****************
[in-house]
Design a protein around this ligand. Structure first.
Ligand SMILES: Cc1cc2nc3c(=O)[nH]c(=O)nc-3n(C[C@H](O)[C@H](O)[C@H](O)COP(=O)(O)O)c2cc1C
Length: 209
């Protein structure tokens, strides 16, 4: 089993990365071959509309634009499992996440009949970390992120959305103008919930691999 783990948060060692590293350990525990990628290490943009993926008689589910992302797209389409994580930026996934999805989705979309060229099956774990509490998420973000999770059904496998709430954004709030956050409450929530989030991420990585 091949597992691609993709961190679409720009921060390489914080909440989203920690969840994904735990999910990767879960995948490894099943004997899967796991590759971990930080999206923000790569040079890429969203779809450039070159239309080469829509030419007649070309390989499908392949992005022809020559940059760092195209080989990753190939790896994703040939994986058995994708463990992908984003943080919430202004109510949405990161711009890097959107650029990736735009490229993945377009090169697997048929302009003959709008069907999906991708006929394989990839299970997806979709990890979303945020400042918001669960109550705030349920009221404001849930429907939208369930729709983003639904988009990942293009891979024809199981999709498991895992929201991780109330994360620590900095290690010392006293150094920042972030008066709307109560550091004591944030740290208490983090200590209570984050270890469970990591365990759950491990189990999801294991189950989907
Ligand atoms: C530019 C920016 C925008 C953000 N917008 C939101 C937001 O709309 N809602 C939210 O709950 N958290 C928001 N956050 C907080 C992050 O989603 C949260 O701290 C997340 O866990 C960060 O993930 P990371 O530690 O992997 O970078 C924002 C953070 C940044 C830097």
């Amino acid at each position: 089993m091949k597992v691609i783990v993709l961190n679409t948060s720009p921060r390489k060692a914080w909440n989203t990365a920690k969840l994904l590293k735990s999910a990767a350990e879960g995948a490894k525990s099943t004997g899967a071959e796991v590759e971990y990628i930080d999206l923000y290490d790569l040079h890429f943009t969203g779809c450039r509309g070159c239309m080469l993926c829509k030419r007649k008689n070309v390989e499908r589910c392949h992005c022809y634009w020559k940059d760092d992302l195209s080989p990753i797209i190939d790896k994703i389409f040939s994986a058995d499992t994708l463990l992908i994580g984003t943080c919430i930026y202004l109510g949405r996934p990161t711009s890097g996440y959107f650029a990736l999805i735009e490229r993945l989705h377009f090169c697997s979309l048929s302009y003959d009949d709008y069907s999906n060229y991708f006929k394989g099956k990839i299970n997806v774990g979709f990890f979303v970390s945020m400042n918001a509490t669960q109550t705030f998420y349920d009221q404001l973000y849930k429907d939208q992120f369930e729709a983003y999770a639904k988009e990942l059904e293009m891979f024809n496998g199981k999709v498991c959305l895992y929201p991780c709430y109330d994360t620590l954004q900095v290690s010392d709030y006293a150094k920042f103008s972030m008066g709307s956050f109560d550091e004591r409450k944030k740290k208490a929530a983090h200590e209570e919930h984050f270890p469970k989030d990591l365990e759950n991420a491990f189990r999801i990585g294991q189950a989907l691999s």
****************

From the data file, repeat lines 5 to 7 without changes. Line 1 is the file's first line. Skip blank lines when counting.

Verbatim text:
């Protein structure tokens, strides 16, 4: 089993990365071959509309634009499992996440009949970390992120959305103008919930691999 783990948060060692590293350990525990990628290490943009993926008689589910992302797209389409994580930026996934999805989705979309060229099956774990509490998420973000999770059904496998709430954004709030956050409450929530989030991420990585 091949597992691609993709961190679409720009921060390489914080909440989203920690969840994904735990999910990767879960995948490894099943004997899967796991590759971990930080999206923000790569040079890429969203779809450039070159239309080469829509030419007649070309390989499908392949992005022809020559940059760092195209080989990753190939790896994703040939994986058995994708463990992908984003943080919430202004109510949405990161711009890097959107650029990736735009490229993945377009090169697997048929302009003959709008069907999906991708006929394989990839299970997806979709990890979303945020400042918001669960109550705030349920009221404001849930429907939208369930729709983003639904988009990942293009891979024809199981999709498991895992929201991780109330994360620590900095290690010392006293150094920042972030008066709307109560550091004591944030740290208490983090200590209570984050270890469970990591365990759950491990189990999801294991189950989907
Ligand atoms: C530019 C920016 C925008 C953000 N917008 C939101 C937001 O709309 N809602 C939210 O709950 N958290 C928001 N956050 C907080 C992050 O989603 C949260 O701290 C997340 O866990 C960060 O993930 P990371 O530690 O992997 O970078 C924002 C953070 C940044 C830097």
């Amino acid at each position: 089993m091949k597992v691609i783990v993709l961190n679409t948060s720009p921060r390489k060692a914080w909440n989203t990365a920690k969840l994904l590293k735990s999910a990767a350990e879960g995948a490894k525990s099943t004997g899967a071959e796991v590759e971990y990628i930080d999206l923000y290490d790569l040079h890429f943009t969203g779809c450039r509309g070159c239309m080469l993926c829509k030419r007649k008689n070309v390989e499908r589910c392949h992005c022809y634009w020559k940059d760092d992302l195209s080989p990753i797209i190939d790896k994703i389409f040939s994986a058995d499992t994708l463990l992908i994580g984003t943080c919430i930026y202004l109510g949405r996934p990161t711009s890097g996440y959107f650029a990736l999805i735009e490229r993945l989705h377009f090169c697997s979309l048929s302009y003959d009949d709008y069907s999906n060229y991708f006929k394989g099956k990839i299970n997806v774990g979709f990890f979303v970390s945020m400042n918001a509490t669960q109550t705030f998420y349920d009221q404001l973000y849930k429907d939208q992120f369930e729709a983003y999770a639904k988009e990942l059904e293009m891979f024809n496998g199981k999709v498991c959305l895992y929201p991780c709430y109330d994360t620590l954004q900095v290690s010392d709030y006293a150094k920042f103008s972030m008066g709307s956050f109560d550091e004591r409450k944030k740290k208490a929530a983090h200590e209570e919930h984050f270890p469970k989030d990591l365990e759950n991420a491990f189990r999801i990585g294991q189950a989907l691999s």